Bishop

Prospect, Undetermined

Commodities and mineralogy

Main commodities Ag; Au
Other commodities Cu; Pb
Ore minerals chalcopyrite; galena; pyrite; pyrrhotite
Gangue minerals quartz

Geographic location

Quadrangle map, 1:250,000-scale KC
Quadrangle map, 1:63,360-scale D-1
Latitude 55.992
Longitude -130.052
Nearby scientific data Find additional scientific data near this location
Location and accuracy The Bishop prospect is on the west shoulder of Skookum Creek at about 1300 feet elevation. The site is in section 11, T. 68 S., R. 99 E., of the Copper River Meridian. It corresponds to loc. 3 on plate 2 in Buddington (1929 [B 807]), and to loc. 5 in Elliott and others (1978). The location is accurate within 0.1 mile.

Geologic setting

Geologic description

The country rocks in the area of this site include: pelitic metasedimentary and subordinate andesitic metavolcanic strata of the Jurassic or Triassic Hazelton Group; recrystallized granodiorite of the Triassic Texas Creek Granodiorite, which intrudes the Hazelton rocks; quartz monzonite and granodiorite of the Hyder Quartz Monzonite batholith, which intrudes the Hazelton and Texas Creek rocks; and Tertiary lamprophyre dikes, which intrude all of the foregoing rock units (Buddington, 1929; Smith, 1973, l977; Berg and others, 1988).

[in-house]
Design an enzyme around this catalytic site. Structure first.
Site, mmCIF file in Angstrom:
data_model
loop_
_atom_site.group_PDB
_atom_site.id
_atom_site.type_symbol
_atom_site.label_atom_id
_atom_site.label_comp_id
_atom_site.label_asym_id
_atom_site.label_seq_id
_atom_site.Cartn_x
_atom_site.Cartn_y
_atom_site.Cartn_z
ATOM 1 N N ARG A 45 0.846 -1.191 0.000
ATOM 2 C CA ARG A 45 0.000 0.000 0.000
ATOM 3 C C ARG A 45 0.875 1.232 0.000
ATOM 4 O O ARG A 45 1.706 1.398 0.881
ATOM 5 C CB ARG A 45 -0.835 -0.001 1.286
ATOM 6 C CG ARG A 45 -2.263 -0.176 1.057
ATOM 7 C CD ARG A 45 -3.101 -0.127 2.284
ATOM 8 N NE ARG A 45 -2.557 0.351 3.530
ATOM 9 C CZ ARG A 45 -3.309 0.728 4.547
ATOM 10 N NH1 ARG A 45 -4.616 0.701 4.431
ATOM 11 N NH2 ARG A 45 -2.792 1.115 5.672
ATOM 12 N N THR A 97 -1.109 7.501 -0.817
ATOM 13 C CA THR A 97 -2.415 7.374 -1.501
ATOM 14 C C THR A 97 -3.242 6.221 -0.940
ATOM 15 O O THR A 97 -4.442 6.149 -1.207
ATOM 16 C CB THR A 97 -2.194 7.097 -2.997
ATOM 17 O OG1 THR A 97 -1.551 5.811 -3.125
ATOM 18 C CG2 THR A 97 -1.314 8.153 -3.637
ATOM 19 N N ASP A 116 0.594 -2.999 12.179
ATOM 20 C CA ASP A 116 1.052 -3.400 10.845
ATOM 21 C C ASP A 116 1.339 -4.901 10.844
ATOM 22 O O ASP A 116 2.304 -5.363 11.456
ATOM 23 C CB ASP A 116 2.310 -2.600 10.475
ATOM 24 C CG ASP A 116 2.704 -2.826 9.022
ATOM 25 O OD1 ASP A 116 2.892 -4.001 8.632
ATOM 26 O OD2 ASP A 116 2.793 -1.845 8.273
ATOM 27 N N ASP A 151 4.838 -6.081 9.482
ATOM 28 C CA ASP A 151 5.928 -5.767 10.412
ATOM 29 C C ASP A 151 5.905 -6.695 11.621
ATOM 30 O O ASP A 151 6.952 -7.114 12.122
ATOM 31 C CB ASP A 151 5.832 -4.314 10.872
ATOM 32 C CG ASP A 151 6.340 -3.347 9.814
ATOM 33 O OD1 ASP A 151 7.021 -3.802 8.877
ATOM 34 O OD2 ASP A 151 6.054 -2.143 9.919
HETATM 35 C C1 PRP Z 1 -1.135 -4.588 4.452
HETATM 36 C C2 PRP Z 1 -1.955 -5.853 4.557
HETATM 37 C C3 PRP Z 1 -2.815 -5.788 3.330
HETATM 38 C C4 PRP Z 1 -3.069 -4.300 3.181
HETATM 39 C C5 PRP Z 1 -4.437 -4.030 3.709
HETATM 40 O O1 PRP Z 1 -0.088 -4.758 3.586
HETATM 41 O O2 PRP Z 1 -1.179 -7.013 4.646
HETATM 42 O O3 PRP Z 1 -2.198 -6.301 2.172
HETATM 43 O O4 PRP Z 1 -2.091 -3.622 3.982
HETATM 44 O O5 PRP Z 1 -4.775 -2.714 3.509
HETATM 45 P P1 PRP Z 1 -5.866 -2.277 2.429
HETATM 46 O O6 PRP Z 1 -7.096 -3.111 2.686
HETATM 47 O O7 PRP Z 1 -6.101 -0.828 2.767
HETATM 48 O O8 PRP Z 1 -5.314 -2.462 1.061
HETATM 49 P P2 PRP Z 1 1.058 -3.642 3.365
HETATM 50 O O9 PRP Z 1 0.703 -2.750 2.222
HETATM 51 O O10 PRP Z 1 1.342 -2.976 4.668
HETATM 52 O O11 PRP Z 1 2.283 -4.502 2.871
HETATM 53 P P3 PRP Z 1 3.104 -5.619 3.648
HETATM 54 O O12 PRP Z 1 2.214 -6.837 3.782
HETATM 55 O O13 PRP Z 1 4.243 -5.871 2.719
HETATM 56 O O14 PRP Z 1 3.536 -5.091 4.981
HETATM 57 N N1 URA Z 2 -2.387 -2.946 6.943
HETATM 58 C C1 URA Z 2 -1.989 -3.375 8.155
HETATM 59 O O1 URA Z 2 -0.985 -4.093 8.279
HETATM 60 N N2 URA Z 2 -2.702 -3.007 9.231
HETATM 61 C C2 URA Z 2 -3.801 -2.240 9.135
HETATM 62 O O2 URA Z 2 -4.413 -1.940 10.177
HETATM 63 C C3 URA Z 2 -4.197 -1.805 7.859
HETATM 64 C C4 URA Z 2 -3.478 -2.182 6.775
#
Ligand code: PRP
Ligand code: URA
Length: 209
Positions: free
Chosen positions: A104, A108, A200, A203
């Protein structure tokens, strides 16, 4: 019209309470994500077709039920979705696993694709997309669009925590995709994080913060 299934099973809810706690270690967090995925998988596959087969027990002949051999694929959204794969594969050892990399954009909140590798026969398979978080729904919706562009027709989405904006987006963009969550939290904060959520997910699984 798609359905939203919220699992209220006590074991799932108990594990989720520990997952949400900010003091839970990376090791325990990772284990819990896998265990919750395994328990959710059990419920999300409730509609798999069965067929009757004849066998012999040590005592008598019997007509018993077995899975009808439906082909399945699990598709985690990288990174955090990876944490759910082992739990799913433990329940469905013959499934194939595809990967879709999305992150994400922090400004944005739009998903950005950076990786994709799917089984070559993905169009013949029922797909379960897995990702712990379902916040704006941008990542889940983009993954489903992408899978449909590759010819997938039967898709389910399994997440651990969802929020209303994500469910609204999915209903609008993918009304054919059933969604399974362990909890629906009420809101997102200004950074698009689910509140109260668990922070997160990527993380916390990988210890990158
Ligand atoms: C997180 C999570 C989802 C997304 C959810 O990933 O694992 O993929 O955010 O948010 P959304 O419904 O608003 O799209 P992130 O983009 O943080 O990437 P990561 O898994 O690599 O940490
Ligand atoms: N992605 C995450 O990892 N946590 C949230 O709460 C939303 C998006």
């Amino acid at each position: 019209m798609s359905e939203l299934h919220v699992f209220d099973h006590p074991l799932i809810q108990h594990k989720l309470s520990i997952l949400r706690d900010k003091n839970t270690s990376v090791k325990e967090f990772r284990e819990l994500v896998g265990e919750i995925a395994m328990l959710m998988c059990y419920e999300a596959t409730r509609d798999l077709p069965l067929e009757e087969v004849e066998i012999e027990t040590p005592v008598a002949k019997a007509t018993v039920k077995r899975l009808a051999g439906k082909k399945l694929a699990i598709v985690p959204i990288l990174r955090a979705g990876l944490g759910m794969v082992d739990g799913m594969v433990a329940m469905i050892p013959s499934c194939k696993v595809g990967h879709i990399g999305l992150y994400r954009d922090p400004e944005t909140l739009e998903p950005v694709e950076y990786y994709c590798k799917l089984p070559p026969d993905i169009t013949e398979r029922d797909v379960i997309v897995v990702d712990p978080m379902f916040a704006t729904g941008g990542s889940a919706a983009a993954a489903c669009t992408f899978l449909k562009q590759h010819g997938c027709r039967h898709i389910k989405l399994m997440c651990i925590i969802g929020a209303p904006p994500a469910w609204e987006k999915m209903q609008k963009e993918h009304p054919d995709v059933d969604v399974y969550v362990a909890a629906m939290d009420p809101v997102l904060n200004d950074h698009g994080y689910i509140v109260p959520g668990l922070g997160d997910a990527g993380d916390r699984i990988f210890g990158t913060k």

The deposit consists of a sulfide-bearing quartz fissure vein in (Texas Creek) granodiorite (Buddington, 1929, p. 67). The vein ranges in thickness from about 15 inches to 7 feet and was traced on the surface for 600 feet. It contains pyrrhotite and pyrite, a little chalcopyrite and galena, and traces of gold and silver. The vein was explored in the early 1900s by a 10-foot adit. Maas and others (1995, p. 254) suggest that sulfide-bearing quartz fissure veins in the Texas Creek Granodiorite in the Hyder district are Eocene in age.
Geologic map unit (-130.053704162756, 55.9917048579581)
Mineral deposit model Polymetallic veins (Cox and Singer, 1986; model 22c)
Mineral deposit model number 22c
Age of mineralization Maas and others (1995, p. 254) suggest that sulfide-bearing quartz fissure veins in Texas Creek granodiorite in the Hyder district are Eocene in age.

Production and reserves

Workings or exploration The deposit was explored in the early 1900s by a 10-foot adit.
Indication of production None

References